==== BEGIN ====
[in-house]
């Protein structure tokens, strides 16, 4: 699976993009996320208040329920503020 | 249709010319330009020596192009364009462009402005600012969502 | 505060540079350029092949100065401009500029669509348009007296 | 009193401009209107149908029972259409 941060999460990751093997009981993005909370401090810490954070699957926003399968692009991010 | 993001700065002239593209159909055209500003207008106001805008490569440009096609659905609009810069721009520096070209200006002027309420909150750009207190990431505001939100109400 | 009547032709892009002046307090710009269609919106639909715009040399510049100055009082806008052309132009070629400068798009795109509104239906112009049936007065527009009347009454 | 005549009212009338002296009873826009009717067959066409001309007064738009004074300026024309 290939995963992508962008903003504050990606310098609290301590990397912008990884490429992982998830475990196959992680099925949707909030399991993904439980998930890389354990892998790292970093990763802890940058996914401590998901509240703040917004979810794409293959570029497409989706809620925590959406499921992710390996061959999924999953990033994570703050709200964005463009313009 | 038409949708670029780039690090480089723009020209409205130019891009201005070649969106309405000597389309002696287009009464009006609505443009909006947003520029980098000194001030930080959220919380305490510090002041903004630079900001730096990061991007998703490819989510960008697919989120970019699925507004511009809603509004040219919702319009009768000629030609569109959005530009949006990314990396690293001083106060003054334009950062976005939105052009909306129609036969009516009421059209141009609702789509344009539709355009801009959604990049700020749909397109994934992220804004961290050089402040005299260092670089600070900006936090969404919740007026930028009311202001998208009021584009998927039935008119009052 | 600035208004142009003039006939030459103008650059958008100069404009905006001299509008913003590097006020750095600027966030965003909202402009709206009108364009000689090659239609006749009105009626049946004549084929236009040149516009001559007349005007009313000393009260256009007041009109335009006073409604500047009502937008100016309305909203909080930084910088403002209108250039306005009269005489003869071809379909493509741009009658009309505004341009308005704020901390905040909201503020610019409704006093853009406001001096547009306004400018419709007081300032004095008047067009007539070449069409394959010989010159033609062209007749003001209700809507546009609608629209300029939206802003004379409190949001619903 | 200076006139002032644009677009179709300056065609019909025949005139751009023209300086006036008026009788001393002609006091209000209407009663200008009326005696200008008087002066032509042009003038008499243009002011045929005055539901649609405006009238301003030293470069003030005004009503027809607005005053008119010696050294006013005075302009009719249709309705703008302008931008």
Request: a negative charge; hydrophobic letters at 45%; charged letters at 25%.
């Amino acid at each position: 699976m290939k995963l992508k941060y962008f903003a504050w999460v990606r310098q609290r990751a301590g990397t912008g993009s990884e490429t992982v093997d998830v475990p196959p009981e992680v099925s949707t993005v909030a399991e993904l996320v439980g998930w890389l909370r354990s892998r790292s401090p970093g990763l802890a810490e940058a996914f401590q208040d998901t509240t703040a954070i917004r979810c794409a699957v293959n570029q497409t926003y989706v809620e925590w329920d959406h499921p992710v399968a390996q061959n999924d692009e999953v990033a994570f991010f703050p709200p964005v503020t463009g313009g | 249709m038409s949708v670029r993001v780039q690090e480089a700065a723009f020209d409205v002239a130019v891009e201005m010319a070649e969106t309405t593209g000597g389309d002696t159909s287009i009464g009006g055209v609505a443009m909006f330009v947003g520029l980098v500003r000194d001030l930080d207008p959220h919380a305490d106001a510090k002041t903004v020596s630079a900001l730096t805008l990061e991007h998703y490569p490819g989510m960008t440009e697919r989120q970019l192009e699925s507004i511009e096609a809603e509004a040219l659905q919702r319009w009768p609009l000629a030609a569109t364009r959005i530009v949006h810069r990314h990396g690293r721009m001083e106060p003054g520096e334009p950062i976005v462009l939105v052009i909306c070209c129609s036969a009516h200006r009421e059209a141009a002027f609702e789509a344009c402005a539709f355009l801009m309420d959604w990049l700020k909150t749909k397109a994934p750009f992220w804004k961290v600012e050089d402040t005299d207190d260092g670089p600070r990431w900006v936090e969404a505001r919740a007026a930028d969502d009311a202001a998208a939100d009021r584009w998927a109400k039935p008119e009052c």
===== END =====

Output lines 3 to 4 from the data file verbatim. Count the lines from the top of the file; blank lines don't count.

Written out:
Request: a negative charge; hydrophobic letters at 45%; charged letters at 25%.
């Amino acid at each position: 699976m290939k995963l992508k941060y962008f903003a504050w999460v990606r310098q609290r990751a301590g990397t912008g993009s990884e490429t992982v093997d998830v475990p196959p009981e992680v099925s949707t993005v909030a399991e993904l996320v439980g998930w890389l909370r354990s892998r790292s401090p970093g990763l802890a810490e940058a996914f401590q208040d998901t509240t703040a954070i917004r979810c794409a699957v293959n570029q497409t926003y989706v809620e925590w329920d959406h499921p992710v399968a390996q061959n999924d692009e999953v990033a994570f991010f703050p709200p964005v503020t463009g313009g | 249709m038409s949708v670029r993001v780039q690090e480089a700065a723009f020209d409205v002239a130019v891009e201005m010319a070649e969106t309405t593209g000597g389309d002696t159909s287009i009464g009006g055209v609505a443009m909006f330009v947003g520029l980098v500003r000194d001030l930080d207008p959220h919380a305490d106001a510090k002041t903004v020596s630079a900001l730096t805008l990061e991007h998703y490569p490819g989510m960008t440009e697919r989120q970019l192009e699925s507004i511009e096609a809603e509004a040219l659905q919702r319009w009768p609009l000629a030609a569109t364009r959005i530009v949006h810069r990314h990396g690293r721009m001083e106060p003054g520096e334009p950062i976005v462009l939105v052009i909306c070209c129609s036969a009516h200006r009421e059209a141009a002027f609702e789509a344009c402005a539709f355009l801009m309420d959604w990049l700020k909150t749909k397109a994934p750009f992220w804004k961290v600012e050089d402040t005299d207190d260092g670089p600070r990431w900006v936090e969404a505001r919740a007026a930028d969502d009311a202001a998208a939100d009021r584009w998927a109400k039935p008119e009052c």